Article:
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Camp notes: Kuechly earns respect

Posted Jul 29, 2012

SPARTANBURG, S.C. - Despite being a top-10 pick in the most recent NFL draft, Panthers linebacker Luke Kuechly continually talks about being a rookie and needing to earn the respect of his fellow linebackers.

He already has it, according to linebacker and team leader Jon Beason.

"He kind of stays in his lane because he's a rookie, but we've opened the door and said, 'Hey, you're one of us,'" Beason said. "We don't treat him like a rookie, and we don't expect him to play like a rookie, either."

The relationship between Beason and Kuechly could have gone the other way. Beason has been the Panthers' starting middle linebacker for all but the first four games of his rookie season in 2007, while Kuechly played in the middle throughout his record-setting college career.

How they'll line up still is to be determined – Beason was in the middle for the first practice of training camp Saturday – but they're already on the same page.

"Jon Beason has been as professional about this as you can be," Panthers head coach Ron Rivera said. "With people being like, 'Oh, Luke's here to take your place,' Jon has embraced Luke.

"Jon understands that if Luke plays well, he plays well. If James Anderson plays well, he plays well. If Thomas Davis plays well, he plays well. It's a huge plus when you have guys who feel like that about their teammates."

Rivera praised Kuechly's attitude, his aptitude and his athleticism.

Beason took his admiration a step further.

"Right out of the gate, he's adjusted great. I've never seen a rookie linebacker come in and pick it up as fast as he has," Beason said. "He's a pro. He stays late, studies, asks a lot of questions. He's very athletic and has great ball skills.

"He's prototype – fits the bill. He's going to help our defense tremendously, and I like him, too. He's a good kid."


DOUBLING THE TROUBLE?: Beason joked (we think he was joking) that he could help on the offensive side of the ball if called upon.

Davis took it a step further.

"I was an offensive player in high school, so if Beas thinks he'd be a good offensive player, then I know I'm going to be a great one," Davis said. "Any position, really, but I think my best one might be quarterback. Check out my arm one day."

If the Panthers offense is to achieve a goal that wide receiver Steve Smith jokingly threw out Friday (we think he was joking), they could use all hands and arms on decks.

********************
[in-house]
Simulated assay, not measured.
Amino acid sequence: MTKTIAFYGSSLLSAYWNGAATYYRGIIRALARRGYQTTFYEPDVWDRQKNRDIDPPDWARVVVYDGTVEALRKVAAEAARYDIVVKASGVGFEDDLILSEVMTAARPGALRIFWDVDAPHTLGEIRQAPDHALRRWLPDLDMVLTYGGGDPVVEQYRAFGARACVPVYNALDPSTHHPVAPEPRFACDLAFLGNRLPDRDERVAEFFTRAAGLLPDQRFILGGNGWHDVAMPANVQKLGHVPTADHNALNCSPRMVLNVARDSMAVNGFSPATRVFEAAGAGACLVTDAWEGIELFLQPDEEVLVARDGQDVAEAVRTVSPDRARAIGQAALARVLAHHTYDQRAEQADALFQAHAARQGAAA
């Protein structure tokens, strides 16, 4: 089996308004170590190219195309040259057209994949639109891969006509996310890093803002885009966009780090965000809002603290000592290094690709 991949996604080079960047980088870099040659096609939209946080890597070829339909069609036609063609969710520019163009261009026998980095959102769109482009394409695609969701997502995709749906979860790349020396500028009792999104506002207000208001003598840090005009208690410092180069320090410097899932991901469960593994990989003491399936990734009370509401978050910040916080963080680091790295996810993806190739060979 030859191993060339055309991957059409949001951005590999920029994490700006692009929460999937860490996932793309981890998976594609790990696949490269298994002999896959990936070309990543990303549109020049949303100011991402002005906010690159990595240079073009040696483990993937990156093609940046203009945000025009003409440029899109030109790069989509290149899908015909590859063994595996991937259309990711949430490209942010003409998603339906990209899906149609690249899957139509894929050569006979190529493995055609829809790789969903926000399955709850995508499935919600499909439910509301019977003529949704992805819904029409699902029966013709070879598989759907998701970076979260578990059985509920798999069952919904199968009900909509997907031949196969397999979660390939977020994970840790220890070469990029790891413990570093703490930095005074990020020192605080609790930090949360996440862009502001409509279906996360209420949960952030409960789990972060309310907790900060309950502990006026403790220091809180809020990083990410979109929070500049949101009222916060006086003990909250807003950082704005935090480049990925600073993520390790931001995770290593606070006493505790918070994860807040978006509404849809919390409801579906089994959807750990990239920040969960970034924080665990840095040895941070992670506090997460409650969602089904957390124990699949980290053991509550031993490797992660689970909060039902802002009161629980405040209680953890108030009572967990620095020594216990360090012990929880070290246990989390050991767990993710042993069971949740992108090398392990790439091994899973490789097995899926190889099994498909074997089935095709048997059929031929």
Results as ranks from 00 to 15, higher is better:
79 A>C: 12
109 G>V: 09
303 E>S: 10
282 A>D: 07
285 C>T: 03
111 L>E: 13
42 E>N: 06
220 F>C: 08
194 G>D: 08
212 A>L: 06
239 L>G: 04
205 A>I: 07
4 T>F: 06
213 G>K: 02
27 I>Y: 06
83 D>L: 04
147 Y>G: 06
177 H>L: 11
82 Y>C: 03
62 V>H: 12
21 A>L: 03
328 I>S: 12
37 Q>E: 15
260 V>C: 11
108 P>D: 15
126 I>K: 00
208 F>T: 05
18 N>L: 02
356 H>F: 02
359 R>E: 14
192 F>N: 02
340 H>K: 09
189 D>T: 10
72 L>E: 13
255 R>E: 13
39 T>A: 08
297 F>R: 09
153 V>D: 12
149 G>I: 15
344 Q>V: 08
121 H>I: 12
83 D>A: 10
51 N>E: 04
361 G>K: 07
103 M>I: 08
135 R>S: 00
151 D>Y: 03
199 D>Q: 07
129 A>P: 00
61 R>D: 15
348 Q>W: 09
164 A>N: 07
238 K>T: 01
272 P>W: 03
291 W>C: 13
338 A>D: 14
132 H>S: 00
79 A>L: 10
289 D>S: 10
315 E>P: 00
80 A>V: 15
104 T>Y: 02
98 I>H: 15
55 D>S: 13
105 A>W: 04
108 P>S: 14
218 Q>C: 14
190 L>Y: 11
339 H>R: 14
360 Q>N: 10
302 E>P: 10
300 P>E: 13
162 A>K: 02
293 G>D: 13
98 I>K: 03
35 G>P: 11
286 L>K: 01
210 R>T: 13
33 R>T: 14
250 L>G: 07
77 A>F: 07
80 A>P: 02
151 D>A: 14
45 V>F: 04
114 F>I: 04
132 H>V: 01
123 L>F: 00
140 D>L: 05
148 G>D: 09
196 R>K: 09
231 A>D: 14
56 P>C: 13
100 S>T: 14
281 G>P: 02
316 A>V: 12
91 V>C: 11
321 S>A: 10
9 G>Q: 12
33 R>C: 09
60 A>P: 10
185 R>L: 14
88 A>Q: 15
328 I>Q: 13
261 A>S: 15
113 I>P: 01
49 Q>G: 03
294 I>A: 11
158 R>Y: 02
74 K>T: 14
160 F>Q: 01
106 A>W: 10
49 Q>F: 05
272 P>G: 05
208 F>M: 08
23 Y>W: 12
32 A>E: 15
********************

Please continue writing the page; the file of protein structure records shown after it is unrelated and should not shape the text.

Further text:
"I think it would be great to double the numbers," Smith said. "Why not?"

The Panthers did double their scoring totals last season, putting up 406 points after scoring a league-low 196 points in 2010.

Doubling that again would mean scoring 812 points, or 50.8 points per game. The 2007 New England Patriots set the NFL single-season mark with 589 points.

If the Panthers were to double their yardage output, from 6,237 yards to 12,474, they'd eclipse the record established by the New Orleans Saints last season by a mere 5,000 yards.

"I could see us doubling those numbers," wide receiver Brandon LaFell said, not having the benefit on what doubling the numbers would actually require. "It's our second year in the offense, and we've got a lot of explosive guys who know what they're doing."


TRIPLING THE TROUBLE?: Fullback Mike Tolbert made no specific predictions about the numbers the running game could put up with a backfield that already features DeAngelo Williams and Jonathan Stewart, but Tolbert and his running mates are fired up about the possibilities.

"We tell each other all the time that we're going to have the best running game in the league this year," Tolbert said. "I didn't know how I would be received in the running back room, but they've welcomed me with open arms. Both of them gave me a phone call the day I signed here and wished me the best of luck, told me they were ready to go."

Tolbert scored more rushing touchdowns over the past two seasons (19) with the San Diego Chargers than Williams and Stewart combined (14), but he hasn't broached the idea of renaming the "Double Trouble" duo that became the first teammates in NFL history to rush for more than 1,100 yards three years ago to include himself.

 "Not yet," Tolbert said. "I've got to prove myself to those guys and the community around here before somebody comes up with a name for all three of us."


HEAD IN THE GAME: Defensive end Greg Hardy didn't like the look he sported involuntarily at the beginning of training camp in 2011, the side of his body still scoffed up by a motorcycle accident.

This year's new look, however, is of his own choosing. A month ago, Hardy had his dreadlocks cut off. He proudly displayed his high-and-tight look Sunday.

"I want to be noted for being a good football player and being an educated man and a good guy instead of just a guy with dreads who does dumb stuff," Hardy said. "It's a business move, just trying to be more professional, trying to show everybody that I'm serious about coming with my work hat on.

"I don't think people really took me serious at all, even though I'm very serious. I'm getting a little bit more respect."